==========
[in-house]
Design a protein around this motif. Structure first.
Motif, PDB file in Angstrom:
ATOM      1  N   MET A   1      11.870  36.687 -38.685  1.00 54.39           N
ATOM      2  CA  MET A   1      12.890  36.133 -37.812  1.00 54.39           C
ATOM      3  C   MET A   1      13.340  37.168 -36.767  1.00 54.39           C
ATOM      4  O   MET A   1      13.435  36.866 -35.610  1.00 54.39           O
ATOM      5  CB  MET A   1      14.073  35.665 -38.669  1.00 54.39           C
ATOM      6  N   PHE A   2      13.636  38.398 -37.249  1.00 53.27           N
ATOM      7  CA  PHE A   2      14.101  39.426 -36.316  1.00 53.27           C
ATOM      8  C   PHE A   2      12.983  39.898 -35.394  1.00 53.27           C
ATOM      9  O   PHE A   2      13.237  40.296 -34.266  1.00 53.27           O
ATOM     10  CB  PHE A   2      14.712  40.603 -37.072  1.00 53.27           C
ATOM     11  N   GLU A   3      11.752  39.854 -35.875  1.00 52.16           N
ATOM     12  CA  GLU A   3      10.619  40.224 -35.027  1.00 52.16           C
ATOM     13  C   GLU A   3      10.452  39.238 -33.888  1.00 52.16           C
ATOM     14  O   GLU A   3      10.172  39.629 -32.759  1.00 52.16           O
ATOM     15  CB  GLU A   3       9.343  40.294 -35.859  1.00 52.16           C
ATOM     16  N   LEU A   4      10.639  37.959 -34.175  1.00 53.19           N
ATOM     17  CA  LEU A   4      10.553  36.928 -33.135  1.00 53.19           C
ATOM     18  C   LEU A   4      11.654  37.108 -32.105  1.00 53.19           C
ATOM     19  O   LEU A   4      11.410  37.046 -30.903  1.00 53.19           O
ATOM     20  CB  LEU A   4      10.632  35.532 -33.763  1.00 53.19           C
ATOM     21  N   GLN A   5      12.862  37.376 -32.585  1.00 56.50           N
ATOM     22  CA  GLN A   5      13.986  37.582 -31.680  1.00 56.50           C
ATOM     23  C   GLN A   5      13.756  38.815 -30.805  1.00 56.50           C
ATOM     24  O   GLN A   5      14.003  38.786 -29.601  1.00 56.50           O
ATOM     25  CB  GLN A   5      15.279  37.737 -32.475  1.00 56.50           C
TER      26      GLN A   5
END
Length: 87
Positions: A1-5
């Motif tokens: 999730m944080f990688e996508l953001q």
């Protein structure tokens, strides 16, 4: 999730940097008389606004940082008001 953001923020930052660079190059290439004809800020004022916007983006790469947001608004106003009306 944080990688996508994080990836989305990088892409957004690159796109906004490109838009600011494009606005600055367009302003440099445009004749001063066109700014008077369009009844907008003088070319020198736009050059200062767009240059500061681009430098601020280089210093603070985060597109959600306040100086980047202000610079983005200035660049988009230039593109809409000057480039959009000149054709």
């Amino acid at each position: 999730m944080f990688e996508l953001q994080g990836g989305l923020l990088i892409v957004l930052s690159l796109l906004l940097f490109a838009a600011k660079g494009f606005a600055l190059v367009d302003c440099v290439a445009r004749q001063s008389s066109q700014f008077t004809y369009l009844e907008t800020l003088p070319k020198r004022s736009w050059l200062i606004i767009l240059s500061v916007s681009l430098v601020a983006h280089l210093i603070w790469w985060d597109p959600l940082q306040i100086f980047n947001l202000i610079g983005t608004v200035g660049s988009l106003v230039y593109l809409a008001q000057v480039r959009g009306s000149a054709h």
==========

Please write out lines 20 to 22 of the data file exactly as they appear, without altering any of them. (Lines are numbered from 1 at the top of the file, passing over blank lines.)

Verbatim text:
ATOM     17  CA  LEU A   4      10.553  36.928 -33.135  1.00 53.19           C
ATOM     18  C   LEU A   4      11.654  37.108 -32.105  1.00 53.19           C
ATOM     19  O   LEU A   4      11.410  37.046 -30.903  1.00 53.19           O